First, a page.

Men don’t seem to consciously dominate public discussions; they don’t blatantly cut women off or ridicule their views. And it’s not that women don’t have opinions. We certainly do. Talk to women before and after the male-dominated meetings, and it is easy to solicit opinions. We just don’t share them in public. Why? The problem is stubborn and pernicious. Women hesitate to speak up. Men don’t hesitate. So, by default more men speak, and more women stay silent.

I too have noticed this trend. I think the best anecdote I can offer comes from my experiences as a member of my high school’s academic quiz team. I attended an all girls school and as such our quiz team was the only all girls team in the regional circuit. The typical team from others schools were dominated by boys and usually consisted of one girl.

It became something of a weekly anthropological observation for myself and my team, as we would watch how that one girl from the other teams was treated. The majority of the time she sat out for most of the match, only substituting in for about one of the four rounds. She did not buzz in to answer questions as frequently as the boys, but when she did she was nearly always correct. The boys, who dominated in buzzing in, had a much lower percentage in the accuracy of their answers.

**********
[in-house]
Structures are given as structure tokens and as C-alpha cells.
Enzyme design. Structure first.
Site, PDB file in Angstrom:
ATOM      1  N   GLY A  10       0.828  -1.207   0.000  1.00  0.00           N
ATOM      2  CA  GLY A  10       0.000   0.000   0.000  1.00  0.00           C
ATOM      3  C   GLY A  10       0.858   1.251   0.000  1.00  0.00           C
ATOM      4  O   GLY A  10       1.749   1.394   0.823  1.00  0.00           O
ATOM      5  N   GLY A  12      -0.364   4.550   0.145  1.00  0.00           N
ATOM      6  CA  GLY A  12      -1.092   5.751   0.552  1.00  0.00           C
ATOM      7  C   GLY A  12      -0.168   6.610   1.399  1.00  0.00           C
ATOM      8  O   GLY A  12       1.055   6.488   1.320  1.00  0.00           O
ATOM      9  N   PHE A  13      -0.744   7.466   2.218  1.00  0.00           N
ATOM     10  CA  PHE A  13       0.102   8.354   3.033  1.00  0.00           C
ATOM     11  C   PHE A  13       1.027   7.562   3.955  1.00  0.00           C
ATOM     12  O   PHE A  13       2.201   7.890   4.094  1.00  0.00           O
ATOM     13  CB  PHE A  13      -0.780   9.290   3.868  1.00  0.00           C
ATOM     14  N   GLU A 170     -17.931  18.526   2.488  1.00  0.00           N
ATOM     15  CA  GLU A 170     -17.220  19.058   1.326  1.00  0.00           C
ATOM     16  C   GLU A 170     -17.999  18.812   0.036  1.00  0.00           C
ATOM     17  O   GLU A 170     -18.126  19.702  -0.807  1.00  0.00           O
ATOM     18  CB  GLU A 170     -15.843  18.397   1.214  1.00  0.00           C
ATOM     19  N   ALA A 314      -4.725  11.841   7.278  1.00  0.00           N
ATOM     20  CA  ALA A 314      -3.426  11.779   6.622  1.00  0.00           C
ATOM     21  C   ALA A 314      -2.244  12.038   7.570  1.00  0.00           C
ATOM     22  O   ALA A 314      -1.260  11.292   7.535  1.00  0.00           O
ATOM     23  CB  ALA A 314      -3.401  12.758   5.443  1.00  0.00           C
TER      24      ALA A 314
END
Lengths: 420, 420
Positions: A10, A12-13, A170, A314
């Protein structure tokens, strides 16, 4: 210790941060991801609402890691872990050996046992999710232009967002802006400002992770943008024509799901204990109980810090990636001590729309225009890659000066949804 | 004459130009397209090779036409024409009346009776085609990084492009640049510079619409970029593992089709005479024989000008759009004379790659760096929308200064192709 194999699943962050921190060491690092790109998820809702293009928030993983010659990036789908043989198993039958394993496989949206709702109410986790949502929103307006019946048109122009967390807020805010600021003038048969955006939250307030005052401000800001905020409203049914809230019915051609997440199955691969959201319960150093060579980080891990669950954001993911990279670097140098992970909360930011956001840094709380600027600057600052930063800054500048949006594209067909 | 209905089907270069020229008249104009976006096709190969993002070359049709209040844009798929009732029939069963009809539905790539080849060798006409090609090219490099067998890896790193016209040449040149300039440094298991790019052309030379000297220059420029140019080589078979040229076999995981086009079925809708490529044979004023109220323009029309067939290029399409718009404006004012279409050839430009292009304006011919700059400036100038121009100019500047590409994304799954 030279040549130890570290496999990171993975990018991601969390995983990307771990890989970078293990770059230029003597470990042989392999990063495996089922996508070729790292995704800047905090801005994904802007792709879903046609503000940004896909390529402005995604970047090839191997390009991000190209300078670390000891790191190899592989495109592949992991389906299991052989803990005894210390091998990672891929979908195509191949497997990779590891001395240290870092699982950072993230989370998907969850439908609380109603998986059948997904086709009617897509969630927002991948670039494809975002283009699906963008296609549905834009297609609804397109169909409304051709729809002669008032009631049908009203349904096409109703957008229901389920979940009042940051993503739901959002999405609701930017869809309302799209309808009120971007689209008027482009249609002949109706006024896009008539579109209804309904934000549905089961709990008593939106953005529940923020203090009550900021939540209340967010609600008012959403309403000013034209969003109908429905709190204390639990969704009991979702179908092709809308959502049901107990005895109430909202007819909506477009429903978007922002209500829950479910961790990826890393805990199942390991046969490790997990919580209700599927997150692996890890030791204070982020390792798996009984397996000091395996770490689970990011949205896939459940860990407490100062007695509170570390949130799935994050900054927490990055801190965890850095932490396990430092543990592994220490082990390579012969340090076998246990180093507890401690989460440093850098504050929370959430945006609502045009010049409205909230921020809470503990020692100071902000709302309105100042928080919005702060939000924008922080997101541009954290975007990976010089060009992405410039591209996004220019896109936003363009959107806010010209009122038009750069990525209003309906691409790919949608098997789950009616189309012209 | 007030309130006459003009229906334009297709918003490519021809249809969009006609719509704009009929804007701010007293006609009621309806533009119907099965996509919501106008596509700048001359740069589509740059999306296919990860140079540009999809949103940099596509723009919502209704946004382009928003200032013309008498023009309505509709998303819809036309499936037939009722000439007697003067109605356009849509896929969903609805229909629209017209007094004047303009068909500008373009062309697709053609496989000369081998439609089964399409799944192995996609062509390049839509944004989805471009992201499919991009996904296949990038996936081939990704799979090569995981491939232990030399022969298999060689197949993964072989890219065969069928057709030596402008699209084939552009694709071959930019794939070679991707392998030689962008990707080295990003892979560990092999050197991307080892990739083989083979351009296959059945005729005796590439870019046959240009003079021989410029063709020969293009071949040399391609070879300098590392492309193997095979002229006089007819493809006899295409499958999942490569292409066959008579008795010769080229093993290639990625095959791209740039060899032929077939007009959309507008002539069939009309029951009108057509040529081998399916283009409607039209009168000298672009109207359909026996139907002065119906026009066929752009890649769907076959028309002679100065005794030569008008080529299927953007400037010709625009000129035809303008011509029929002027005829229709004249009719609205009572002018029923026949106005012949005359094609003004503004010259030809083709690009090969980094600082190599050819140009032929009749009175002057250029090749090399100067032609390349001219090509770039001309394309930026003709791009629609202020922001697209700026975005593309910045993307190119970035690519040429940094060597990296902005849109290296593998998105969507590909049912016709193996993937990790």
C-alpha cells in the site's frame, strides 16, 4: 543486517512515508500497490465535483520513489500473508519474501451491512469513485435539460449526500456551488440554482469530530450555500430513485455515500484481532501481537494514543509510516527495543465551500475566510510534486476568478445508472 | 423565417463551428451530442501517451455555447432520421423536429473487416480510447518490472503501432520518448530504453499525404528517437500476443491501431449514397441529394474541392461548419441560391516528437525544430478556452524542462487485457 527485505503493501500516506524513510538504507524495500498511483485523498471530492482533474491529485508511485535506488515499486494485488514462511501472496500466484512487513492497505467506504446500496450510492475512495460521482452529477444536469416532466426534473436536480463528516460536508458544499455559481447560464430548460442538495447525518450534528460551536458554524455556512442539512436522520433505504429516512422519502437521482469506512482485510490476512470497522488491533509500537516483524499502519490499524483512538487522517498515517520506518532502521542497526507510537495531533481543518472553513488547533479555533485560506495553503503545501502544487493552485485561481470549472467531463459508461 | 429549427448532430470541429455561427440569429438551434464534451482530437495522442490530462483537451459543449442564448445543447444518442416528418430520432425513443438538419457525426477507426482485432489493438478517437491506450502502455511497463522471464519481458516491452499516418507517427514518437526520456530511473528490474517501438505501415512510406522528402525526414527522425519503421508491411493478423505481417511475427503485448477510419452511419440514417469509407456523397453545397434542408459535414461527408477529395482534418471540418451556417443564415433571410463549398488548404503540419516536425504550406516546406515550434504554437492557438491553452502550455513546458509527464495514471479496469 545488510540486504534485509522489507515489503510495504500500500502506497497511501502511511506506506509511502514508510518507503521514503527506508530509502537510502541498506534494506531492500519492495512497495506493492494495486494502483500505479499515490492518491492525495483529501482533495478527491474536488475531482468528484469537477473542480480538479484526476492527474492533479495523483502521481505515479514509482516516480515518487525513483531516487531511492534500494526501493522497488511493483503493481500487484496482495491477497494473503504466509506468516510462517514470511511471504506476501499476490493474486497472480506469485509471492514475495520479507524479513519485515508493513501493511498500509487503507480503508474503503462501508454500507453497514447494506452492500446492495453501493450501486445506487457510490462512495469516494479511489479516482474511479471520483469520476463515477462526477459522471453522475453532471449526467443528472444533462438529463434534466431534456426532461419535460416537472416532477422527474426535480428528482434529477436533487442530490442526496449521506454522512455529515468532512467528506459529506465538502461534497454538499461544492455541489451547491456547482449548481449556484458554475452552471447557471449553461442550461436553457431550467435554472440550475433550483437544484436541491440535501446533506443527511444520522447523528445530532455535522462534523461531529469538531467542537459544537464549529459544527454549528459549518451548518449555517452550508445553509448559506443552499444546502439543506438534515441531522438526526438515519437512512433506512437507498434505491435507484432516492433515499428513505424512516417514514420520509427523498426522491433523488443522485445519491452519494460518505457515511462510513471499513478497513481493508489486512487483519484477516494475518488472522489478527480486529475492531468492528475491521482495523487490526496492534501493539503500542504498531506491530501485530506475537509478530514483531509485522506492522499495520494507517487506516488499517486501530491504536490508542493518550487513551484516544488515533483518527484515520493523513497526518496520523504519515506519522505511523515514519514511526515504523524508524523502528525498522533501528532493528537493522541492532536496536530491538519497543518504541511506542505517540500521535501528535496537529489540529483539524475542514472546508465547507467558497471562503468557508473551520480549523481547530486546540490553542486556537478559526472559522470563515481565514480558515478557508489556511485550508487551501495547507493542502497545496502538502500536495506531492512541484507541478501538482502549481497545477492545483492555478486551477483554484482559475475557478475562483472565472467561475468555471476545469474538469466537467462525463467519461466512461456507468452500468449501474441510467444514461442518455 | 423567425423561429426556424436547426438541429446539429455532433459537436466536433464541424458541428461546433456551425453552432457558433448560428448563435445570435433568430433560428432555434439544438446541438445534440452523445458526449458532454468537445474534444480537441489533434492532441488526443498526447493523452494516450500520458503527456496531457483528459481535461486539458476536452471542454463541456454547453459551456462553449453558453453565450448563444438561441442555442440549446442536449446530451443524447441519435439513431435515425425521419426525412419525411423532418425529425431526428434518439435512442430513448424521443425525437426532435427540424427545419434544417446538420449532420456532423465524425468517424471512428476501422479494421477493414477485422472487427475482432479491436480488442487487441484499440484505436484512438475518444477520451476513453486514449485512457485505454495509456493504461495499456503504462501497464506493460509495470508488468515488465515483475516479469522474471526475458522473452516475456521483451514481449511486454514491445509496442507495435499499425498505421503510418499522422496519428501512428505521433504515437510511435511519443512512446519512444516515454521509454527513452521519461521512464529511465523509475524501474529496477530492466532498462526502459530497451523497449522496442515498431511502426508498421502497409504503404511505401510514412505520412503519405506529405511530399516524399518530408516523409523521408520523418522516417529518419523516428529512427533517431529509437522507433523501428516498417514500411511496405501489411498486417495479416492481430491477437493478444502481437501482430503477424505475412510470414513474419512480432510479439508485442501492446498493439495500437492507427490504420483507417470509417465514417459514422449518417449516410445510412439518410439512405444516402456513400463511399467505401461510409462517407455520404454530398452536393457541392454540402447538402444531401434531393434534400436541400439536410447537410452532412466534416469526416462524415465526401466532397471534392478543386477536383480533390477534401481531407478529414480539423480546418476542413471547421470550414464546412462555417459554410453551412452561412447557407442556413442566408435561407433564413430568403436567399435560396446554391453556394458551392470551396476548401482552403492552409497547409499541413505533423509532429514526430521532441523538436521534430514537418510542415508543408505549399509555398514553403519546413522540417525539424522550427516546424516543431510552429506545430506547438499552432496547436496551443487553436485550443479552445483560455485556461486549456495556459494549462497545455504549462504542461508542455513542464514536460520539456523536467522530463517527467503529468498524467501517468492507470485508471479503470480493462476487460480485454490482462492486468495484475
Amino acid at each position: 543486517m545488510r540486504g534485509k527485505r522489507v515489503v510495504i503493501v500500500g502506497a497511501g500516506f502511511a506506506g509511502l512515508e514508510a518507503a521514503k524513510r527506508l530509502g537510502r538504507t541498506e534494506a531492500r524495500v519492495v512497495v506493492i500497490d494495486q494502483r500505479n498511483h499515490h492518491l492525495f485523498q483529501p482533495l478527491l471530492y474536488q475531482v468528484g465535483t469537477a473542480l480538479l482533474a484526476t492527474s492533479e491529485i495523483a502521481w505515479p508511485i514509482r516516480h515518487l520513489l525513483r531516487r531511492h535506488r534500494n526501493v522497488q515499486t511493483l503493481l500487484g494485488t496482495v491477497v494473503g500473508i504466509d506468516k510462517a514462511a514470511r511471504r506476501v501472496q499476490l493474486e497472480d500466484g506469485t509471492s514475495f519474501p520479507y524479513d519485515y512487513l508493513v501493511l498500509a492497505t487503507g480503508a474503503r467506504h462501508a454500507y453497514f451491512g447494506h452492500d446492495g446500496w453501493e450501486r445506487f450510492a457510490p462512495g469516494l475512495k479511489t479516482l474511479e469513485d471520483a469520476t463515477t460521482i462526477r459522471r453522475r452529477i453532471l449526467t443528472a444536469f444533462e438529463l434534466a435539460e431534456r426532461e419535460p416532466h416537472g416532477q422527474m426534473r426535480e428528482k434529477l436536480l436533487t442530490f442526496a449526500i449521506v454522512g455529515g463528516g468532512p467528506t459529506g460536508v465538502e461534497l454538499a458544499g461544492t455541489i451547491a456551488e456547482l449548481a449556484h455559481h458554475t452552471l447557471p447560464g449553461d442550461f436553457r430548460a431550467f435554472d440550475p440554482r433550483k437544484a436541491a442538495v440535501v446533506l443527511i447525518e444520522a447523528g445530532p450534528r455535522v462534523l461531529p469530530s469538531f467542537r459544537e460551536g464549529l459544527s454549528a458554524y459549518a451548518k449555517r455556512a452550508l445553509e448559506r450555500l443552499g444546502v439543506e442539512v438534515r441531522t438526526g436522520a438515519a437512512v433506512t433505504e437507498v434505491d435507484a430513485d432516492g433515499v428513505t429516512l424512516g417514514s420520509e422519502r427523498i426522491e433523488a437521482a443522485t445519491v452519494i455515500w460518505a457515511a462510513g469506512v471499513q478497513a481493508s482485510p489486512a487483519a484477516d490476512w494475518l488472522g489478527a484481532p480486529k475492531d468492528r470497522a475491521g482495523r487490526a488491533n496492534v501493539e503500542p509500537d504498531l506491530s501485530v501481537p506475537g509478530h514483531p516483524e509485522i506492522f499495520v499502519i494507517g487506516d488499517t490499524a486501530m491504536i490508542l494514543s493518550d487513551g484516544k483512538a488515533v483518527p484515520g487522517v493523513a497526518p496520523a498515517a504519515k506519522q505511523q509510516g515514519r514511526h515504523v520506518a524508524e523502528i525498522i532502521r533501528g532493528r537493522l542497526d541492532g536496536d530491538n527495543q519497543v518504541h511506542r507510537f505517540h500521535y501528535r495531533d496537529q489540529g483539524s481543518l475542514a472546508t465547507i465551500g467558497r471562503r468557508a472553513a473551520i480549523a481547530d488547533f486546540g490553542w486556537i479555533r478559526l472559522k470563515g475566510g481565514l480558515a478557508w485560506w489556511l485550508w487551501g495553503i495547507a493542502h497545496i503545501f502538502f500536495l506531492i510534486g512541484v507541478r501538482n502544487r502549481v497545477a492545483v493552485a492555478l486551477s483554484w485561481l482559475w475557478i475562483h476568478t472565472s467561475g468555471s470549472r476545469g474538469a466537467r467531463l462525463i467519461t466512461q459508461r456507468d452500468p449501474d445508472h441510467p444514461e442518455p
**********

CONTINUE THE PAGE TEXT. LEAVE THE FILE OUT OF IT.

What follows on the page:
During the round where the whole team was allowed to consult with one another before the captain (a boy) submitted the team answer, the girl frequently would mutter the correct answer, but would be drowned out by the frantic brainstorming by the boys on the team.

My experience on the all girls team was markedly different. There was no hesitation, no deferring to a more forceful boy.

These days the only exposure I have to trivia competition comes from the weekly trivia night hosted by one of the local bars in Charlottesville, VA where I attend college. Trivia night in college is vaguely reminiscent of my high school quiz team days—only now I find that I have become the more reserved girl that my all girls quiz team always observed with regret.